Frank Handrum, David Argue, Hayley Dallimore, Dasha Naumova, Chiara Costanza, Darren Casey, Duke Bannister, Jon Reep (voice)
Your mileage may vary, but if you are willing to turn on, tune in and drop out, than Astro Loco might just be the trip you need.
The year is 2074 and the transportation vessel, Araya, is making its way to Jupiter IV to expand an ongoing mining project. Funded by the Zorptec corporation, Araya’s crew have reached that point in any long journey where you hit the sweet spot between boredom and utter exasperation in your fellow human beings.
Melbourne director and writer Aaron McJames introduces the team as they play a board game of their own invention. Its rules are unknown to the audience and clearly cobbled together from other games the crew have long since grown tired of. It’s clear they are trying to make ends meet. Attempts to get everyone to partake in team-building exercises by Captain Odd (Frank Handrum) essentially end with him nearly crippling himself. Everyone is just done.
That includes the ship’s AI, Hetfield (Jon Reep, Eastbound and Down). Seeking meaning in a godless universe, Hetfield is preoccupied with the fact that he’s just not cut out to support the people under his care. Hell, he’s begun to burn breakfast.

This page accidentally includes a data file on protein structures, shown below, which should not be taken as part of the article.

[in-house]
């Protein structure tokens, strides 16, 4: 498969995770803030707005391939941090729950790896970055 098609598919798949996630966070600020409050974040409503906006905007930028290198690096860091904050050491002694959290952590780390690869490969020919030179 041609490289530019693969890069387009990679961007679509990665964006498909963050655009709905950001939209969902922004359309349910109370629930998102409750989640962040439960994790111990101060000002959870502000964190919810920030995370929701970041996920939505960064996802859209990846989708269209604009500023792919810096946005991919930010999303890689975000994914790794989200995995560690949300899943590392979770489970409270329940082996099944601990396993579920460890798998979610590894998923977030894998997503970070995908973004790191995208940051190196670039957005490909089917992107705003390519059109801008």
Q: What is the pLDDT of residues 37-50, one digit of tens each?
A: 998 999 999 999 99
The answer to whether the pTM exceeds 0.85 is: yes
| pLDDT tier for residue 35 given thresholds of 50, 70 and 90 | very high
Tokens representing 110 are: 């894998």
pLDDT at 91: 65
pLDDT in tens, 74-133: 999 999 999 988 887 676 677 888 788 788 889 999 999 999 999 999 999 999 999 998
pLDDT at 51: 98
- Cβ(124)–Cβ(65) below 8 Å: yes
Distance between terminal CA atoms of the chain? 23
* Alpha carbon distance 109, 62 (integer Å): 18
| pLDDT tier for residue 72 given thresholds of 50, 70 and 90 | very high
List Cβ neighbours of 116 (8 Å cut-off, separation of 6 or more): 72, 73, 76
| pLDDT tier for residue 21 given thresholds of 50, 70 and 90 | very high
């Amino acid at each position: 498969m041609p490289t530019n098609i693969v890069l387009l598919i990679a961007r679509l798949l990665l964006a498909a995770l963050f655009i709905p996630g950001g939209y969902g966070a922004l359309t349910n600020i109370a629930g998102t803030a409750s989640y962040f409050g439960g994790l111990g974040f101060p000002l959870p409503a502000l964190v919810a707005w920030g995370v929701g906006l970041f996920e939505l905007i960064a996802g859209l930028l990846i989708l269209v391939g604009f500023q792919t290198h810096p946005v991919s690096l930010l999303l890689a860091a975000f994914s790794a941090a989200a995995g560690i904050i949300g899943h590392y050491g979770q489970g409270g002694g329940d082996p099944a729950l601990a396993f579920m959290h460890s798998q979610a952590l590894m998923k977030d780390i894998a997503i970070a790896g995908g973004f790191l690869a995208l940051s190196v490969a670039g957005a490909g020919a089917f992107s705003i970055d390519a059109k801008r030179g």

Astro Loco mines a lot of its humour from here, as Hetfield turns to the humans for lessons in how to be human, including philosophy, meditation and doing good deeds. Even Araya’s onboard counsellor Lucien (David Argue) is trying his best to soothe Hetfield.
There are hints early in the narrative that all is not right with the mission. The first is a communication from earth suggesting some team members will have to be made redundant without actually advising how said employees will actually get back to Earth. Elsewhere, there’s a glowing meteor playing havoc with Hetfield, Captain Odd’s increasing insanity, and a vessel floating in space that looks just like the Araya.
Sharing DNA with John Carpenter’s Dark Star and the office politics of sitcom Red Dwarf, Astro Loco uses its modest budget to tell a story that feels less about solving problems and more about people trying to solve those problems. As the crew squabble amongst themselves and, in some cases, use cabin fever to climb the corporate ladder, their lack of awareness means that bigger, deathlier problems can sneak in through the back door.
McJames clearly loves his characters and wears his appreciation of sci-fi on his sleeve. His Araya is a lived-in and smelly ship, and you can feel the crew’s need to escape their current situation in every frame. Your mileage may vary, but if you are willing to turn on, tune in and drop out, than Astro Loco might just be the trip you need.